Chapter 39: The Events of the Fifth and Sixth Years of Migration
The fifth year of migration had not yet come to an end when the attack by the tribes was repelled and the revolt of Bani Qurayzah was also suppressed. Madina and its environs came entirely under the control of the Muslims. The foundations of the young State of Islam became firm and relative tranquillity began to prevail in the Islamic territories.
This tranquillity was, however, temporary. It was necessary that the Prophet should keep watch over the affairs of the enemies and should nip all conspiracies against Islam in the bud with the help of the forces available.
The tranquillity in the surroundings provided an opportunity to punish some of those persons who had sparked off the Battle of Ahzab and had gone out of the control of the Muslims after the tribes had decamped. Hay bin Akhtab, who was one of those, who made the first move towards the battle of Bani Qurayzah, but his comrade Sallam bin Abil Haqiq was residing in Khayber.
It was an established fact that this dangerous man would not sit still until he had instigated the tribes once again to rise against the Muslims, especially because the Arab idolaters were ready to wage a war against Islam and if the expenses of war were guaranteed the conditions of the Battle of Ahzab could be renewed.
Taking these matters into account the Prophet appointed the brave men of Khazraj to get rid of this impudent and spiteful element. This was, however, subject to the condition that they should not molest his family. The warriors of Khazraj arrived in Khayber at night and fastened from outside the gates of the houses adjoining that of Sallam, so that if there was any noise his neighbours might not be able to come out of their houses.
Then by means of a stair-case they reached the first floor of the house where Sallam was residing. They knocked at the door. His wife came out and enquired as to who they were. They replied: "We are Arabs and have some business with the chief. We need grains".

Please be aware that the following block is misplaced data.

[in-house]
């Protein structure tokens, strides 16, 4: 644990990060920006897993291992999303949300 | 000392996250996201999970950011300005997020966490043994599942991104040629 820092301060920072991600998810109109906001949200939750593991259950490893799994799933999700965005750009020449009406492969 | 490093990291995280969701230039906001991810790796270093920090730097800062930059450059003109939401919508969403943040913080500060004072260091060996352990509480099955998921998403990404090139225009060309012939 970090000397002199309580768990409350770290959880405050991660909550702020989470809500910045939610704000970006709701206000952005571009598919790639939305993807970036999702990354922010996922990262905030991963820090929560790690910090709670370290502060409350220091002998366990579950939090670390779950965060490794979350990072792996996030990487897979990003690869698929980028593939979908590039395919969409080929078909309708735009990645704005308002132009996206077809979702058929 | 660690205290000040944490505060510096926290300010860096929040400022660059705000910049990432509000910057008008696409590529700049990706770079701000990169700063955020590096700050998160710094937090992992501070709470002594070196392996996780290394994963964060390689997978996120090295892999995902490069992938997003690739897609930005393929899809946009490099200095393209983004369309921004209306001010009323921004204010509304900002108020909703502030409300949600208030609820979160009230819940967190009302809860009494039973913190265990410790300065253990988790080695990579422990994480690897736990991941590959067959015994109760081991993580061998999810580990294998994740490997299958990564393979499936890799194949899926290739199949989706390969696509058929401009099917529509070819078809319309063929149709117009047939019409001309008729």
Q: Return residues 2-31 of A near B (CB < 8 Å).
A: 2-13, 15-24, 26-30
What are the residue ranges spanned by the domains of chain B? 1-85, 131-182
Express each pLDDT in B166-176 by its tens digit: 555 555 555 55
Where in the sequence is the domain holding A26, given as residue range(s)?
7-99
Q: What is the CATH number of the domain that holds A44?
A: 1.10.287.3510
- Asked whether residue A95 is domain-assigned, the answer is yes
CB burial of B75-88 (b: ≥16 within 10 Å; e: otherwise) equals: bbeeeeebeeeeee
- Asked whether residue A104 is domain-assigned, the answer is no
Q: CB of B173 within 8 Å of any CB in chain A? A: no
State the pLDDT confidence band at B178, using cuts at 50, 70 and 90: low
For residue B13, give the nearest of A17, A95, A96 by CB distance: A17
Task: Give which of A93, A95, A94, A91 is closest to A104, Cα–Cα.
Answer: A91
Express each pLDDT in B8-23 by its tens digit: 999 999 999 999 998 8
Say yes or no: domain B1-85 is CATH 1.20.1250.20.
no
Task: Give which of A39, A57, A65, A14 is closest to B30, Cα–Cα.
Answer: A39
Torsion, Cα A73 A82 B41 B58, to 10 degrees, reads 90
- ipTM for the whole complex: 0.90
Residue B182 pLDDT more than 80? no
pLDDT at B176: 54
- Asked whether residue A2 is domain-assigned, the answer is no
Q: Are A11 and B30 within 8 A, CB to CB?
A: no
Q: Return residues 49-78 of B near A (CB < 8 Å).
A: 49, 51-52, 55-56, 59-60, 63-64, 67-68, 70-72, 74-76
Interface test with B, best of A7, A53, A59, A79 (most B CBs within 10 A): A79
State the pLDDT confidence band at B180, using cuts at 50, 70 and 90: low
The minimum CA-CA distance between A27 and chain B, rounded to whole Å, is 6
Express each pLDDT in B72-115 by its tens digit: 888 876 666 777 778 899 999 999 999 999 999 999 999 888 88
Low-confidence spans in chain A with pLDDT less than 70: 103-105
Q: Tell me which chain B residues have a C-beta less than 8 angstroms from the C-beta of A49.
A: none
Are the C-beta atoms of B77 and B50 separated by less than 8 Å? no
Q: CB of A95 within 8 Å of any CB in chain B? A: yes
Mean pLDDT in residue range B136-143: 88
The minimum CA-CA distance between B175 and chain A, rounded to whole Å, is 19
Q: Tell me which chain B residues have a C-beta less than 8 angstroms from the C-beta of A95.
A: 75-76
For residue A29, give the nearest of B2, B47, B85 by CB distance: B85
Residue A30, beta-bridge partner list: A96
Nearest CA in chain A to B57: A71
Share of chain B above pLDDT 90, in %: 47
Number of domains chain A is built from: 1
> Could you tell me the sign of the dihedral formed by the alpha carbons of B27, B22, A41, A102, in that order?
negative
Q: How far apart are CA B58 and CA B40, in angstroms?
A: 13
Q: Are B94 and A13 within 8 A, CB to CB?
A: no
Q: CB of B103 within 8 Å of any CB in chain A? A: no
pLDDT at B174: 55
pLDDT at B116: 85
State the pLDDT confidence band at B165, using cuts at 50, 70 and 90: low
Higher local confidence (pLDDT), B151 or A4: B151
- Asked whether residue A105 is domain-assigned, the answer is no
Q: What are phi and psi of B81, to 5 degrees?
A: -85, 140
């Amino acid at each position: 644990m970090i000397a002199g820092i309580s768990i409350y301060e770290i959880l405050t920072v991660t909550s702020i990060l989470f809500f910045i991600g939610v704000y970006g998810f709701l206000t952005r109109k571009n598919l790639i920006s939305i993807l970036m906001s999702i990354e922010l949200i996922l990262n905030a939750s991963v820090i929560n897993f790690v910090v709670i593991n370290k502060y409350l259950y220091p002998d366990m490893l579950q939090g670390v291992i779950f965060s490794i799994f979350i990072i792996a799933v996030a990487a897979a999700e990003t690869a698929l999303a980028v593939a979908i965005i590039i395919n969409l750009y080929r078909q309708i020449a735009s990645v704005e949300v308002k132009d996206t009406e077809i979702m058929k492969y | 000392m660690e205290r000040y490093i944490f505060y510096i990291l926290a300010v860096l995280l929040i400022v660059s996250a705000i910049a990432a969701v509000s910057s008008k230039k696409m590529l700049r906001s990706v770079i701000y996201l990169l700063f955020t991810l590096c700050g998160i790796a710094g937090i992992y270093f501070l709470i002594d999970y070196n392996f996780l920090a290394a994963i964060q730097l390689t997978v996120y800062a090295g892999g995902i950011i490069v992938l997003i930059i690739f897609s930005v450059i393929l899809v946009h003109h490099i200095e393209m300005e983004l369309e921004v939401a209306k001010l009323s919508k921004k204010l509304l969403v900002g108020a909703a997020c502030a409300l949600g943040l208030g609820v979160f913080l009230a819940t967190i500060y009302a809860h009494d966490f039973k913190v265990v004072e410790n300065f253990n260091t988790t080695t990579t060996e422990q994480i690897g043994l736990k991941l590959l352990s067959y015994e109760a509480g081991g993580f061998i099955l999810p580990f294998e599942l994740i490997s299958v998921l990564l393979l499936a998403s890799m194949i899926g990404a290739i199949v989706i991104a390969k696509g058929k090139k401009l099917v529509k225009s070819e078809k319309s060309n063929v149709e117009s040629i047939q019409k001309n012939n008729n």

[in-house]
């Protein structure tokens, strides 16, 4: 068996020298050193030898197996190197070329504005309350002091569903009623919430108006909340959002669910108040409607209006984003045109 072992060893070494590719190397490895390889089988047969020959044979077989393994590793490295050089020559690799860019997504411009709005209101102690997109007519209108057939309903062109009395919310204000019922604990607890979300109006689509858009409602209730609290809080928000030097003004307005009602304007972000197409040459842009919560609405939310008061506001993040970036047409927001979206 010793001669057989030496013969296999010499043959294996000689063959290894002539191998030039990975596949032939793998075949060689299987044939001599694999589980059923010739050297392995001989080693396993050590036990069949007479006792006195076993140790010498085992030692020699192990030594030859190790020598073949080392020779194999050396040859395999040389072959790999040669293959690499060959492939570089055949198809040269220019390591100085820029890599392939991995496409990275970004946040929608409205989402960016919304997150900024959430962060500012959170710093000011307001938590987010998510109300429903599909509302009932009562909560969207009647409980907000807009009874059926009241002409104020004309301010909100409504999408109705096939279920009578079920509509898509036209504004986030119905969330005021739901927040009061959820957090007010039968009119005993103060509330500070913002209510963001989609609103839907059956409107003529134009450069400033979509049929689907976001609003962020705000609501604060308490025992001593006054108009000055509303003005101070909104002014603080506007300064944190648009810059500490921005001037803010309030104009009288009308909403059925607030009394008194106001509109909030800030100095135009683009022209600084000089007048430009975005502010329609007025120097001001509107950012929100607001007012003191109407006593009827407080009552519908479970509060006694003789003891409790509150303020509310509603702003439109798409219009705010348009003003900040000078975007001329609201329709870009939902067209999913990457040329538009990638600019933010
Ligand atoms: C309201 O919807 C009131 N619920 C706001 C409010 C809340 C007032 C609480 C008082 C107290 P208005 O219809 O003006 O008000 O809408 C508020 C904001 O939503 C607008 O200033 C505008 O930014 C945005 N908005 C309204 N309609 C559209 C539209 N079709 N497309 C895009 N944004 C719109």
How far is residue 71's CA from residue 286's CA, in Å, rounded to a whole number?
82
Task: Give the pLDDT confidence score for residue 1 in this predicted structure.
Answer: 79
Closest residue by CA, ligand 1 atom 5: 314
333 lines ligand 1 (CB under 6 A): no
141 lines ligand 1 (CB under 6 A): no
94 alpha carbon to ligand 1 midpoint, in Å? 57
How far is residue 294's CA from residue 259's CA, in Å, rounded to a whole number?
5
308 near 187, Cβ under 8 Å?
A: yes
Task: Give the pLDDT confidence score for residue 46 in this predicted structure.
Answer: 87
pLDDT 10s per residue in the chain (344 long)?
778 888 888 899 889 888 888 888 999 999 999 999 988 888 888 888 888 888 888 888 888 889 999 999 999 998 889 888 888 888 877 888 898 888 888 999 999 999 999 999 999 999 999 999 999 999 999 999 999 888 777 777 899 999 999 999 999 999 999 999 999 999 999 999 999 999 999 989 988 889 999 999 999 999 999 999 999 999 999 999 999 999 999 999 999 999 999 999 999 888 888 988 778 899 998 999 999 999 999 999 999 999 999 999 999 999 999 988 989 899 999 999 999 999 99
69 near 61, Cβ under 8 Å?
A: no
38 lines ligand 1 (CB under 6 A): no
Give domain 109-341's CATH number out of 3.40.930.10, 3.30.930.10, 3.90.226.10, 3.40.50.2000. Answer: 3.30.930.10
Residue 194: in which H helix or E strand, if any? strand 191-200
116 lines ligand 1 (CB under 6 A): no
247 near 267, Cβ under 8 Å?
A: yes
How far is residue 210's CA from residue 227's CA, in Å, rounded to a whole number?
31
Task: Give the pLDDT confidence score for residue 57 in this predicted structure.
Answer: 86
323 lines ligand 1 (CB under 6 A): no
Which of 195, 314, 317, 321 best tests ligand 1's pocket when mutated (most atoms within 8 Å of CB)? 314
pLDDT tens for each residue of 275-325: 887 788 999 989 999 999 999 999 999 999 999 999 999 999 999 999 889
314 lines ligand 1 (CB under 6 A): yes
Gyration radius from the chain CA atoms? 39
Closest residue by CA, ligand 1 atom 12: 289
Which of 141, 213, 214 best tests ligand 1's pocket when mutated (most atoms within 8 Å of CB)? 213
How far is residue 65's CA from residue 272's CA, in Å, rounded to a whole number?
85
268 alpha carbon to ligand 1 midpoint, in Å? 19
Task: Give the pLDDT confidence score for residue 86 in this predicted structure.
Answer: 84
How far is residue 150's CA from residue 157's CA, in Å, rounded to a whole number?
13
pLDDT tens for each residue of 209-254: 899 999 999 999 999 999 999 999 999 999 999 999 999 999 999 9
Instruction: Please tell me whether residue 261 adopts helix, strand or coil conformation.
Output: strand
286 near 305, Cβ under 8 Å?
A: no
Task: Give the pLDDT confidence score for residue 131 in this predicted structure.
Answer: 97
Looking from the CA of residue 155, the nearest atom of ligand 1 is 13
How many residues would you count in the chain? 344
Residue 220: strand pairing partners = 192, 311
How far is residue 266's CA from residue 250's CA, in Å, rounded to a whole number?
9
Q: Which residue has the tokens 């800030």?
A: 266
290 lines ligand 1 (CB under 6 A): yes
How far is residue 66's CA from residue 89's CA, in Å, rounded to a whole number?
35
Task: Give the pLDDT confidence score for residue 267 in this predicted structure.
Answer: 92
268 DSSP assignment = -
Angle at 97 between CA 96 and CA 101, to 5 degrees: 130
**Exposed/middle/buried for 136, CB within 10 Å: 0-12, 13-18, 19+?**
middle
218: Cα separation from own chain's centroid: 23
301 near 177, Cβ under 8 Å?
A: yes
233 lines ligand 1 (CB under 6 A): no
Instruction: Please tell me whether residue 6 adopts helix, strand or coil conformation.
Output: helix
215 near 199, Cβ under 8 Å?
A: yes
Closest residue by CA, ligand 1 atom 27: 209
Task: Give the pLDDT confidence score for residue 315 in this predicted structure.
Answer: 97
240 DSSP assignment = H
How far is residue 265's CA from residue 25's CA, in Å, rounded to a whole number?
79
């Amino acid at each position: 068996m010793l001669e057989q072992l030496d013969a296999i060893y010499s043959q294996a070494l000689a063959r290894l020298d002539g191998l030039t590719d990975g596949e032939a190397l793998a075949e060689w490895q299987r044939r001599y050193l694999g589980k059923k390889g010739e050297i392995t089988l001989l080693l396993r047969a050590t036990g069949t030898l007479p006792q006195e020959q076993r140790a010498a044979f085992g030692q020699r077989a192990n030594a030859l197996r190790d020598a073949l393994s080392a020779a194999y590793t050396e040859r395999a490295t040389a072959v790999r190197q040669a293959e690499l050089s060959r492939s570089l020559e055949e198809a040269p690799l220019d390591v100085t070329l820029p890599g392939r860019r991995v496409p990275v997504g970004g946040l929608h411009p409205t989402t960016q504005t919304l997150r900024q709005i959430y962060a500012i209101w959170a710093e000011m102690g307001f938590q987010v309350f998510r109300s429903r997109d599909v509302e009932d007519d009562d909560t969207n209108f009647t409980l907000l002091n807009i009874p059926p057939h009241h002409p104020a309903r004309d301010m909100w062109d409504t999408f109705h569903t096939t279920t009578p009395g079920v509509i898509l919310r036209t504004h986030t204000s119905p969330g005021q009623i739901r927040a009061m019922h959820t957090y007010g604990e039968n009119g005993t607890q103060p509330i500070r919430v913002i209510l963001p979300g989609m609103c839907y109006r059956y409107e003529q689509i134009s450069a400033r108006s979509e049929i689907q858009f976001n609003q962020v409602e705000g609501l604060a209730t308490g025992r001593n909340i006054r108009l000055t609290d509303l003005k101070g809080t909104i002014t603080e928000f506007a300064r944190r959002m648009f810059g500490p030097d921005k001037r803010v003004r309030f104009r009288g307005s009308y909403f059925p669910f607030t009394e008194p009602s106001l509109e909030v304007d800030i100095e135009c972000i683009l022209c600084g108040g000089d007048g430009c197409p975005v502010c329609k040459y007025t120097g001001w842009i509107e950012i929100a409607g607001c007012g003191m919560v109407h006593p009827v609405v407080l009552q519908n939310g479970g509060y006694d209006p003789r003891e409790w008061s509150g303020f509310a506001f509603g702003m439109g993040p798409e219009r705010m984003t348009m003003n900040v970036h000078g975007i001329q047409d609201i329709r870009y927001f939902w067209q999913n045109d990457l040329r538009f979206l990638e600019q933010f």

She was deceived by this introduction, opened the door without verification, and guided them to the room of Sallam, who had just then gone to bed. In order to prevent every sort of hue and cry they entered the room immediately, shut the door, and put an end to the life of a dangerous and mischievous element, who had deprived the Muslims of their peace of mind for quite a long time. Then they came downstairs at once and hid themselves in the place of entrance of water outside the fort.
The cries of Sallam's wife awakened the neighbours, and all of them pursued the warriors of Khazraj, holding lamps in their hands. However, although they searched a good deal but could not find any trace of them and eventually returned to their homes. The bravery of Muslims was at such a high pitch that one of them volunteered to go amongst the Jews incognito and find out the result of what they (i.e. the Muslims) had done, because they were under the impression that Sallam was still alive.
He joined the circle of the Jews when they were surrounding Sallam, and his wife was giving the details of the incident. Suddenly she looked at the face of Sallam and said: "By the Lord of the Jews! He is dead". He (i.e. the Muslim who had gone to collect information) then returned and informed his companions about the state of affairs. They, therefore, quitted their hiding place and proceeded to Madina. There they informed the Prophet of what had happened.1
A band of far-sighted Quraysh, who were very much frightened on account of the ever-increasing advancement of Islam, proceeded to Ethiopia to settle there. They thought that, if Muhammad eventually gained mastery over the Peninsula, they should be already safe in Ethiopia and, if Quraysh were victorious, they would return to their homes.
Amr bin As was a member of the band which left the Hijaz for Ethiopia with many presents. Their arrival coincided with the arrival of the representative of the Prophet named 'Amr bin Umayyah, who had brought a message of the Prophet regarding Ja'far bin Abi Talib and other Muhajirs. In order to gain favour of the chiefs of Quraysh 'Amr bin As said to his companions: "I am going to seek an audience with the King of Ethiopia along with my particular presents and shall seek his permission to behead the representative of Muhammad".
He arrived in the royal court and made a curtsey to the king according to the old custom. The king spoke to him kindly and said: "Have you brought any gift for me from your land?" He replied: "Yes, your Majesty". He then presented the gifts and said, "The man who had just now taken leave of your Majesty is the representative of a man who has killed our elders and warriors. It will be a matter of great satisfaction for us if I am permitted to cut off his head as a measure of revenge".